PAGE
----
Why not tomorrow [Wednesday], you might ask? Because there are no votes in the Senate scheduled for tomorrow. And that may be, in part, because there’s something else going on tomorrow: A big New York fundraiser for the Senate Democrats.

“I would be honored if you would join me for a very special reception with President Barack Obama on Wednesday, September 22, 2010 in New York. We have a limited numbers of tickets available to our general reception. If you would like to join us, please contact …[redacted]@dscc.org.”

Surprised the vote wasn’t scheduled as part of the Defense authorization debate.
(continue reading…)

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Next OMB Head Told to Watch the ‘High Road’

President Obama’s nominee to serve as director of the Office of Management and Budget, Jacob Lew, went before the Senate Homeland Security and Government Affairs Committee for a confirmation hearing today, and the discussions turned to federal contracting. The committee’s ranking Republican, Sen. Susan Collins of Maine, raised several questions and objections to an Obama Administration’s initiative that goes by the misleading name, “High Road Contracting Policy.”

As legislative prospects for union leaders’ agenda on Capitol Hill wane, the Obama Administration looks to enact organized labor’s agenda through executive actions. This so-called “High Road” contracting policy is a good example, because it could give unionized businesses an advantage over non-union businesses even if their bids came in as more expensive.

The policy would accomplish that goal by awarding federal contracts on the basis of factors unrelated to the best value proposition of bids. The way it’s being developed suggests the Administration wants to circumvent Congress by issuing an Executive Order that builds on the Clinton-era government contracting “blacklisting” effort. Indications are that the “High Road Contracting Policy” may establish a new system of mandatory employment standards for companies to compete for federal contracts, prohibit companies from seeking federal contracts if they face allegations of employment law violations – an allegation would be enough – and to create additional barriers to small businesses that seek government contracts.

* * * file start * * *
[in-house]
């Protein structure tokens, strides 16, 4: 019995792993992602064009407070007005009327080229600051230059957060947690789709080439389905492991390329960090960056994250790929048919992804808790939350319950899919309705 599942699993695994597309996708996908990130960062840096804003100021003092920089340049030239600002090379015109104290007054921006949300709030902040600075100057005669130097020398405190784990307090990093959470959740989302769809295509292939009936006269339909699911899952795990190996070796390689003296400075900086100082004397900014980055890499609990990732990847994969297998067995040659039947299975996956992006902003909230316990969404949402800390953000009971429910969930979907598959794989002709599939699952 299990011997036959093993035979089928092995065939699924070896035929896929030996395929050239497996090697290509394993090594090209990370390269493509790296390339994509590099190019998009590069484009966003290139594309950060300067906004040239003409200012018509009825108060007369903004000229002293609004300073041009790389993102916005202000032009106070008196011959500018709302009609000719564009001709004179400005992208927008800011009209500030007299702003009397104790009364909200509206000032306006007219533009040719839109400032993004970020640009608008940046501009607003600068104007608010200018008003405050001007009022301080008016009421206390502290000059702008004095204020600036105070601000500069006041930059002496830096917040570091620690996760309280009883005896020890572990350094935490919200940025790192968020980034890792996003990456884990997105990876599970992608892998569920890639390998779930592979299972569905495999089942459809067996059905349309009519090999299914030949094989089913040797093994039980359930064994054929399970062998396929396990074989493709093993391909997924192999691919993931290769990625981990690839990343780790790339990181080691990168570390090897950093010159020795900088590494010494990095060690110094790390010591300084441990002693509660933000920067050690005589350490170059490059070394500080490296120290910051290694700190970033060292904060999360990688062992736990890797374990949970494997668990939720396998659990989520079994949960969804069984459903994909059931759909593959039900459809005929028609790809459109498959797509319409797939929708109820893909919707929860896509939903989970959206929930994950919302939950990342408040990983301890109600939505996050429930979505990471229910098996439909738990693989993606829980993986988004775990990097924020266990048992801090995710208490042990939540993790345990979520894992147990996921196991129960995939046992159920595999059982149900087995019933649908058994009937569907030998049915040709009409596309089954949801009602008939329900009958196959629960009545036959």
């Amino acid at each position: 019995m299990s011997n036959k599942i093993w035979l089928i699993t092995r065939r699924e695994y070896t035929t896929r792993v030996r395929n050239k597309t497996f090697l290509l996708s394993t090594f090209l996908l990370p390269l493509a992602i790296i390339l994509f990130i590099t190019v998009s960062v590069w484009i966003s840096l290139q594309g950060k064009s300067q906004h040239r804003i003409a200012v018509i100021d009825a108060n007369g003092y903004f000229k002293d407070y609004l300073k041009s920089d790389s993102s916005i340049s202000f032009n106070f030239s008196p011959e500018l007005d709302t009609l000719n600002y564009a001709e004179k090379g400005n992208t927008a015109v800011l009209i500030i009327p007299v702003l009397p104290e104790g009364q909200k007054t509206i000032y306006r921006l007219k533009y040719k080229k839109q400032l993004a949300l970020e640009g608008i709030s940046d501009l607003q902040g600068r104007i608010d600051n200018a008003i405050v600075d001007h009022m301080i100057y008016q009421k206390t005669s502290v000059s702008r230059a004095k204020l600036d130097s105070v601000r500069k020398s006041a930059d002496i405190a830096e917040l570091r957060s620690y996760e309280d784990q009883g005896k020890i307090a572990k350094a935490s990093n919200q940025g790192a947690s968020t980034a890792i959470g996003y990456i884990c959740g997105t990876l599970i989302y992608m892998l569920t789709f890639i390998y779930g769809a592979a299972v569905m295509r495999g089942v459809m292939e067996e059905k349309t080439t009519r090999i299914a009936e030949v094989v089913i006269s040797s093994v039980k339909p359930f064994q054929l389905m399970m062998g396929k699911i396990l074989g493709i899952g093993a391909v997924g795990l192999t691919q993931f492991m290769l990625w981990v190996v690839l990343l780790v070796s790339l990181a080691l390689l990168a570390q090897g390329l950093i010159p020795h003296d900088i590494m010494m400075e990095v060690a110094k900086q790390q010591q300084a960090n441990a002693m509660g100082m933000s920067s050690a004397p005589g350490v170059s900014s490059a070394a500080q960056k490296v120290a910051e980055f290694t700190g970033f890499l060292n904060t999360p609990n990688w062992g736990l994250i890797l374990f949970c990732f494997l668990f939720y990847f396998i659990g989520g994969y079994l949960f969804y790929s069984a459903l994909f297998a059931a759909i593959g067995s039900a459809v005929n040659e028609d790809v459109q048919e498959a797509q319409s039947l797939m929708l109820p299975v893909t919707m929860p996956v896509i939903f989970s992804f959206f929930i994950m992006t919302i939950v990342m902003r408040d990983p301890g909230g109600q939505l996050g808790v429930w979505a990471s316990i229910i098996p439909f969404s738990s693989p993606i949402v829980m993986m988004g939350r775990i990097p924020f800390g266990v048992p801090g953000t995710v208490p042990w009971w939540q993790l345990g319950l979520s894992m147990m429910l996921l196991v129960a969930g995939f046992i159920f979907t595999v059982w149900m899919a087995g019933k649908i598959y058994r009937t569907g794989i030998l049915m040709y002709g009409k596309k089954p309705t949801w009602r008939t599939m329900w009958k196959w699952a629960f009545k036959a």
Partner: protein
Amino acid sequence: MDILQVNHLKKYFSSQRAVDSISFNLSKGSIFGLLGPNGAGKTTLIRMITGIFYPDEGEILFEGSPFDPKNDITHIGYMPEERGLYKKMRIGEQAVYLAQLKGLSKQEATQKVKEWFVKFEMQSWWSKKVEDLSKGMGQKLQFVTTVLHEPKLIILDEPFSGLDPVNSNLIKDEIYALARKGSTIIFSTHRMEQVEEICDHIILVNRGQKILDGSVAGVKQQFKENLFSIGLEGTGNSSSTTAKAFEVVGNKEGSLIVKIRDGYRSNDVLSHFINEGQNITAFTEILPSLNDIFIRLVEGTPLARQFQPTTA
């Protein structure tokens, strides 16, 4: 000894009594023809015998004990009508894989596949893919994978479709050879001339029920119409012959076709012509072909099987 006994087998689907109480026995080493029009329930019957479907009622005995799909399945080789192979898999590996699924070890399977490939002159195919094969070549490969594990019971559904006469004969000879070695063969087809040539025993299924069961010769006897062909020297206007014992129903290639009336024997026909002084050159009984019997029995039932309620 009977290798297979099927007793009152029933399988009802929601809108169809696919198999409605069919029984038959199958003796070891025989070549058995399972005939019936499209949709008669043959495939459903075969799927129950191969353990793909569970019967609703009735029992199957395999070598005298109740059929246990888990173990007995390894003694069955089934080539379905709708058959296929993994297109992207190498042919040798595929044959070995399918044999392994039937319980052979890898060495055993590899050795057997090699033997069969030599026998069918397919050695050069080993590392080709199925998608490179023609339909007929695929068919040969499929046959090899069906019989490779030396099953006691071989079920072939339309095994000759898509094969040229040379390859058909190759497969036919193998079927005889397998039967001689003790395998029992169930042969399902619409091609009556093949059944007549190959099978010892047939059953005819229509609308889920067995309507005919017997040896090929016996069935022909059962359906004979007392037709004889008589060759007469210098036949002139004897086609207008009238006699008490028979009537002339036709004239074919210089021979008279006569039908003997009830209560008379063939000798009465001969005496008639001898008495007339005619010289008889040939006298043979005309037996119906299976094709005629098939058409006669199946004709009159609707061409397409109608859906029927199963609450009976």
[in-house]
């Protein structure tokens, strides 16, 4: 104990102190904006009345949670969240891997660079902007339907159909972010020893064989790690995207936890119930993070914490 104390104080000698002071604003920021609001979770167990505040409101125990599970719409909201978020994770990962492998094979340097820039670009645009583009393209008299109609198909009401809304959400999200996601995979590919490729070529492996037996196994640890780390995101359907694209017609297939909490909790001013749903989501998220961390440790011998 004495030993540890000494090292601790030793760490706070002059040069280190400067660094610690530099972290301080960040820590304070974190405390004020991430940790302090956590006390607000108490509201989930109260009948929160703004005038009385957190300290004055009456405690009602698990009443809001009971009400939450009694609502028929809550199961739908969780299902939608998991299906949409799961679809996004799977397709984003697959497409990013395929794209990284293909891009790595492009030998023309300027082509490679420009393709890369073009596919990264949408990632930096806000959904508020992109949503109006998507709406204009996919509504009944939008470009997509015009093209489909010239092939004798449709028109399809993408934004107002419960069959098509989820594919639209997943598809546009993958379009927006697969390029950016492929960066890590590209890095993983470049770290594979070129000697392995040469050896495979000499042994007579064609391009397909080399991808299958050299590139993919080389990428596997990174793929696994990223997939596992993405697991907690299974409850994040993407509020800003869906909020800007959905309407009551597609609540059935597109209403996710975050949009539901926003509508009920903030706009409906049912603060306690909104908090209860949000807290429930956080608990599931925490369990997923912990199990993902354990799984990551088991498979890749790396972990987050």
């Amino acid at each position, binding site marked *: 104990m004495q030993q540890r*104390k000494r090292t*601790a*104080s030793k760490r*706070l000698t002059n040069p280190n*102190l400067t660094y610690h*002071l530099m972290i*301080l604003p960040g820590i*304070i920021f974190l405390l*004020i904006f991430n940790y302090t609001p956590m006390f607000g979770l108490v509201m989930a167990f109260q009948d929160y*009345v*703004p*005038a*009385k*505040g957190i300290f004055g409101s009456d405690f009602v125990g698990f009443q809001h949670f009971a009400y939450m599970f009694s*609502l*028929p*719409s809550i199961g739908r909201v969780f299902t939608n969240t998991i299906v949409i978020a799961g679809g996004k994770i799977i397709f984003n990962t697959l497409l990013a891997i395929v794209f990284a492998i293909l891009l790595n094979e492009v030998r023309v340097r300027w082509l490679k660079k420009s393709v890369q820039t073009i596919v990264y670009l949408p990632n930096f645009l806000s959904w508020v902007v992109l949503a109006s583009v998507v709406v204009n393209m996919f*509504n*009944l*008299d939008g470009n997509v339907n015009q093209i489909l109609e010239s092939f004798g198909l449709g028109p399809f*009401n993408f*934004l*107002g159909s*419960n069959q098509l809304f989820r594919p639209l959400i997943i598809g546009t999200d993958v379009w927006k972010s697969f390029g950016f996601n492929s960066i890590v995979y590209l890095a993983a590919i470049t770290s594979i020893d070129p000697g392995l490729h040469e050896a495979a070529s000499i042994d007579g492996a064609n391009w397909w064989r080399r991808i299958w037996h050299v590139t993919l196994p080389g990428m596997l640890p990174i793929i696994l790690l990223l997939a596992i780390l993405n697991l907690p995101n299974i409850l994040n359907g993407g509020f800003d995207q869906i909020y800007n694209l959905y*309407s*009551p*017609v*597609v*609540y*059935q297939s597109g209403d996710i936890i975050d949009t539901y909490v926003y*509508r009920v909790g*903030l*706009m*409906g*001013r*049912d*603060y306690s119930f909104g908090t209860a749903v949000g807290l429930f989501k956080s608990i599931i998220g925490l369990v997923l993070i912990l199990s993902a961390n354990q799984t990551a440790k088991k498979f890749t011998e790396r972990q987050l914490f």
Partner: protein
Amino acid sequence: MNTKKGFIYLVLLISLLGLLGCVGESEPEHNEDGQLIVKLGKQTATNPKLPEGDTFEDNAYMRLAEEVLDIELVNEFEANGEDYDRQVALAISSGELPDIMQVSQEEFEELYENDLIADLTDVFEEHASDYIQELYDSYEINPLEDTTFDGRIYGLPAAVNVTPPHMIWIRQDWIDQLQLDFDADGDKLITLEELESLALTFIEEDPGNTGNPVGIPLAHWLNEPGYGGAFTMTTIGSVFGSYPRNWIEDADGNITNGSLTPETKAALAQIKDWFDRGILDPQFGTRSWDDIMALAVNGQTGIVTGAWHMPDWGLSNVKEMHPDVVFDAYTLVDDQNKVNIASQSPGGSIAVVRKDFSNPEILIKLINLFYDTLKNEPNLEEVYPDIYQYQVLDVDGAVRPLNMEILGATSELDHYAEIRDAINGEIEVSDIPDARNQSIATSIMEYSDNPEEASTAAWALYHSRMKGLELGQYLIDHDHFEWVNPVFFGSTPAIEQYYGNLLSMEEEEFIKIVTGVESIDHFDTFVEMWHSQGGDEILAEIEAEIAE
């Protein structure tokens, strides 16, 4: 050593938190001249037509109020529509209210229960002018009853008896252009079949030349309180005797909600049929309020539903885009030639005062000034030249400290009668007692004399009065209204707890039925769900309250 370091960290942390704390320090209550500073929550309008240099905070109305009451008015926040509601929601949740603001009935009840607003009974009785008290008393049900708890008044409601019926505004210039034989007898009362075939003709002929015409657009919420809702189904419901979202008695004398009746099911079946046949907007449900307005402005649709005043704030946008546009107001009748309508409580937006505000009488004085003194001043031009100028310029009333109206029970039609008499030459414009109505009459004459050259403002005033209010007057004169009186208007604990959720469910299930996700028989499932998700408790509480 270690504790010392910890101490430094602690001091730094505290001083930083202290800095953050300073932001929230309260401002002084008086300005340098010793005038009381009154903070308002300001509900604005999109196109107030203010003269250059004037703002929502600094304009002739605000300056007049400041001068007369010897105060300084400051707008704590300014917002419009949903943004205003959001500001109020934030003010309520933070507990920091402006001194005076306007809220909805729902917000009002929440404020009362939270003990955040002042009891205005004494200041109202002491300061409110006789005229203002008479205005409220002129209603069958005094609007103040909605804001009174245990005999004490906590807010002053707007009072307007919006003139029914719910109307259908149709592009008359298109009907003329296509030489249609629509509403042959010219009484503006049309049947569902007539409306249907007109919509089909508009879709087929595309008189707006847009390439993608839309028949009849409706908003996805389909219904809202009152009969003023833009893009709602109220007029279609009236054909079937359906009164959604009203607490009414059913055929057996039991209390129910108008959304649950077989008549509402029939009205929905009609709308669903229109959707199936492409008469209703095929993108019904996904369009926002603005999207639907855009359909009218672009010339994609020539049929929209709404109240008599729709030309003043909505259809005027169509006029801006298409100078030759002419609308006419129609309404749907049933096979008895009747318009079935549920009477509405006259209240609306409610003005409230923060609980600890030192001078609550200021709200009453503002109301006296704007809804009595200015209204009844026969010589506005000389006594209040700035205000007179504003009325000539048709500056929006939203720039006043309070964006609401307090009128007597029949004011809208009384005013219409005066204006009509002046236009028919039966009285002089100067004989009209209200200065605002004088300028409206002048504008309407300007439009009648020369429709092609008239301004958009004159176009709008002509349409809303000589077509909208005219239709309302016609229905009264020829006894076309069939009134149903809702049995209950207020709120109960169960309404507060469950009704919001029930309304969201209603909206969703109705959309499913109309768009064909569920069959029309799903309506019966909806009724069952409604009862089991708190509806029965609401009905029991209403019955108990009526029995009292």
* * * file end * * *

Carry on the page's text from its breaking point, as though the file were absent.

Responding to Sen. Collins, Lew said he was unaware of any such policy. The Senator said she had serious concerns with any proposal that would put small business at a disadvantage in seeking federal contracts. More importantly, the Senator warned Lew that such a policy should not be implemented through executive fiat, but would require Congressional approval. In response, Mr. Lew reaffirmed his commitment to fair competition and federal contracting opportunities for small business.

We hope that the Obama Administration heed Senator Collins’ warning, recognize the flaws in such a policy and abandon any effort to develop such a misguided proposal.

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Union Popularity Still Slipping

A new Gallup survey reveals, “U.S. Approval of Labor Unions Remains Near Record Low,” with a topline finding that only 52 percent of Americans approve of unions, the second lowest percentage in the 70 years the organization has studied the issue.

Another striking result: Forty percent of Americans want labor unions to have less influence, 27 percent the same, and 29 percent more.

Gallup finds these implications:

Labor unions are less popular now in the United States than they have been for most of the last 70 years. One reason for this could be the economic downturn. With many Americans out of work and struggling to find work, organized labor groups’ missions may not seem appropriate or even fair as they might have when jobs are more plentiful. There is some precedence for an economic-related downturn in union approval, as Gallup found a mild drop in union approval during the late 1970s and early 1980s when the U.S. economy was in poor shape.

The more negative appraisal of unions the last two years could be due to the belief from union opponents that unions are likely to benefit or are benefitting from the policies of the Obama administration, including recent legislation providing aid to states that will preserve thousands of education and public sector jobs.

You don’t really have to be a union opponent to believe that “unions are likely to benefit or are benefitting from the policies of the Obama administration.” You can reasonably draw that conclusion from reading President Obama’s recent speech to the AFL-CIO executive council.